Sad Not Crazy

I’m not depressed. I’m just sad.

Can I be sad?

Whenever my friends are sad about something everyone around them seems to understand. People tell them, “A good cry will do you good”. Well, when I cry people say, “Maybe you should see somebody about your depression.”

Depression?

What depression?

I’m not depressed!

I’m just sad that my legs aren’t working today. I’m upset that I just slept 10 hours and I’m still too tired to get out of bed. I’m mad that I can’t enjoy a movie at the theater because I have to go to the restroom five times in an hour. That’s not depression that’s a legitimate reason to be disturbed.

Don’t get me wrong, I am all for incorporating psychological therapy into the treatment of a disease. I have in the past used a social worker and a psychotherapist to help me deal with my illness. But that doesn’t mean I’m not a stable person who can’t handle adversity on my own. On the contrary, I believe people who suffer with a chronic debilitating disease are stronger than most. Not because we are born stronger than everyone else but because we have to be stronger in order to live a somewhat “normal” life.

Its Okay To Be Sad

When I cry everyone seems to be worried that I am going to hurt myself. I understand the concern but please step into my shoes. Since being diagnosed I have lost and regained my vision, spent 3 weeks in rehab after an exacerbation and lost my ability to safely walk alone. Now ask yourself would any of these events make you cry?

I just want the same consideration.

So please my friends, just like everyone else, can I also have a “good” cry?

Author: Nicole Lemelle

My name is Nicole Lemelle. I am a writer, activist and a person living with Multiple Sclerosis. I created My New Normals to educate those who do not understand MS, reassure people with similar plights and inspire everyone to seize command of their lives.

76 thoughts on “Sad Not Crazy”

  1. Thanks for writing this; I am so sick of people saying “maybe you should see someone” every time I express dejection!

  2. About every six months I break down and cry. This isn’t just crying it is angst, fear and a release from sucking it up everyday. I cry hard and long but I feel better afterwards.

    This disease is depressing. I wouldn’t be normal if I wasn’t depressed by it. The fear is buried in my daily life. I try not to think about it. The big cry is just letting out tension. I think we are normal, crying is a release.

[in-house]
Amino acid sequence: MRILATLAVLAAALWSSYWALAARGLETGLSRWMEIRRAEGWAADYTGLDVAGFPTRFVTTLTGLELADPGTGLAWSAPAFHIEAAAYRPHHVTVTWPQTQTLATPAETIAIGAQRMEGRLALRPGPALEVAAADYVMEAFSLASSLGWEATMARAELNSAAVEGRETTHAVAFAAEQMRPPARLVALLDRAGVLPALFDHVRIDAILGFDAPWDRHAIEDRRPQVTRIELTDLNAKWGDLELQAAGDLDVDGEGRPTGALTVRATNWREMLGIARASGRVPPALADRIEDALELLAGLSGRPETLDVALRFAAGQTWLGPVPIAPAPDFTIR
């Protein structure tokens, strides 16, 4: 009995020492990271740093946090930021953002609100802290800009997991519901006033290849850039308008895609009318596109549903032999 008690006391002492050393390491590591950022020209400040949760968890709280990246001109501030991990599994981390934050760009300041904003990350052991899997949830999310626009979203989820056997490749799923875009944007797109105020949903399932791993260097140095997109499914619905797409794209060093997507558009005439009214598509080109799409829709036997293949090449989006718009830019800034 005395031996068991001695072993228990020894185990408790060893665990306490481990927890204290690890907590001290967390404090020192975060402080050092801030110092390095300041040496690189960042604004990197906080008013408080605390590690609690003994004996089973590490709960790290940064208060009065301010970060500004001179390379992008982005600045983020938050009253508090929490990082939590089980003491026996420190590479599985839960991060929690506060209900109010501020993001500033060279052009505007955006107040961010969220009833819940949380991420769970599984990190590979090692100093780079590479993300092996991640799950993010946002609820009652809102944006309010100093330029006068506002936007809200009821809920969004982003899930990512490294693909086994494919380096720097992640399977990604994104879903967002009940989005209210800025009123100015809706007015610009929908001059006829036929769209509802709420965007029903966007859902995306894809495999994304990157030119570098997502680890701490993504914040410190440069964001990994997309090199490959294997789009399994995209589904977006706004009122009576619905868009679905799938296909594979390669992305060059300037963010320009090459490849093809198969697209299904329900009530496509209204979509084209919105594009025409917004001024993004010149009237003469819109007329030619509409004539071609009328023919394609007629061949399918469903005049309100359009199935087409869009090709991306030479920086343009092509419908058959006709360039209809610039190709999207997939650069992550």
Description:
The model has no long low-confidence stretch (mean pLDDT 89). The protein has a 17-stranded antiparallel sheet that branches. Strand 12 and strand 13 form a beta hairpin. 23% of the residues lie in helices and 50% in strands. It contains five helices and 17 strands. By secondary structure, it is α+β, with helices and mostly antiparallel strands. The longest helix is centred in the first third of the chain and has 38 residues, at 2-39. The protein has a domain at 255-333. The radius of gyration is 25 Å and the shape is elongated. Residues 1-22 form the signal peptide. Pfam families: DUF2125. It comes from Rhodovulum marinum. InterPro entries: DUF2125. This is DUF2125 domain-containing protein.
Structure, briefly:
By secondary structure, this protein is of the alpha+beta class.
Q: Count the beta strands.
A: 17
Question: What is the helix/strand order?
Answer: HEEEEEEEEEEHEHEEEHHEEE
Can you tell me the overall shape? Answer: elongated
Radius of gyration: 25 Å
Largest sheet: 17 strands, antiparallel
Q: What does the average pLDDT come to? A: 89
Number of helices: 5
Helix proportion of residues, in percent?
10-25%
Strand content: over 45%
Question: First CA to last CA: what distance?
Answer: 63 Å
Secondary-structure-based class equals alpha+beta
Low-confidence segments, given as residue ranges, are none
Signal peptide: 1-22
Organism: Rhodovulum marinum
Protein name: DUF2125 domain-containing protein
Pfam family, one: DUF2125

3. Did you catch Wheelchairkamikazee’s blog today? His was a post about a guy who had trouble with the baclofen pump. It’s worth reading to know the questions which should be asked before the procedure. I wouldn’t normally write about another blog on your blog (rude? not my favorite when people do it on mine), but I thought this one had information which might interest you.

  4. Nicole did an external Law course last year am taking a new protocol of treatment (very hard physically & mentally) I saw someone say “would rather have NS than some other diseases…” Sure agree with that, my friend was Dx with a malignant brain tumour when I was told I had MS ….. She was dead 8 mths later, I have said goodbye to a number of friends from Cancer yeah and MND I have much to be happy about a wonderful husband children well young adults 29 & 30 now I realise there are many many prople worse off than me just get sad so sad when I think about what I took for granted and just assumed what I had and planned for would be there forever and would happen ……..tears come sometimes.

  5. nicole thanks again!!!!!!!!!!! i have even had to say this to my doctors!!!!!!! it is ok to be sad if we werent we’d be nuts!!!!!! xxoo thanks for helping us all feel normal!!!!!

  6. We cry when we feel sad and that there is no other solution to our situation at that moment. Sad movies, songs & pictures. We ALL cry at some point, whether we have MS or not. Does it make us all depressed? No. There is nothing wrong with a good cry, sometimes it takes the edge off. Do we all need medication for it? I think that it is a case by case call. Some may need the medication in order too take a little more of the edge off that a good cry may not. It doesn’t make us a bad person or someone who might hurt themself. ome people need pain medication after having a tooth extracted, some don’t. WE’RE ALL DIFFERENT IN THAT RESPECT, we each handle situations differently. I take paxil; has it helped? Yes….however I was very reluctent to take it at first. We just don’t know.

    1. Nicole, as I’ve said before, your words are a blessing to so many of us MSers. I also have SPMS and have lived with MS since 1983. Not too affected by it until 1999 when I stopped driving. Then came the cane, then my constant companion The Walker and a wheelchair when needed. I fought it, but I stopped teaching in 2000. My cryng became totally unreasonable. It ust wouldn’t stop! I never was too much of a fan of medication, but who is? Now I embrace the stability it has given me. Depression can start by the changes and loss that come with this disease, but then for me, it turnd into something physiological (or is it bio-chemical?). Psychotherapy did give me some relief, but when my neuro finally landed on the perfect combo of drugs, my life felt “normal” again. I cry, but not at a hot-dog commercial! The combination that worked for me was Welbutrin and Lexapto. It took a while to land on just the right formula, but now that we have there’s no looking back. I still cry and had a sad, grieving cry as I lay in bed last night. But I can handle my emotions much better now. I thank the Lord for medication!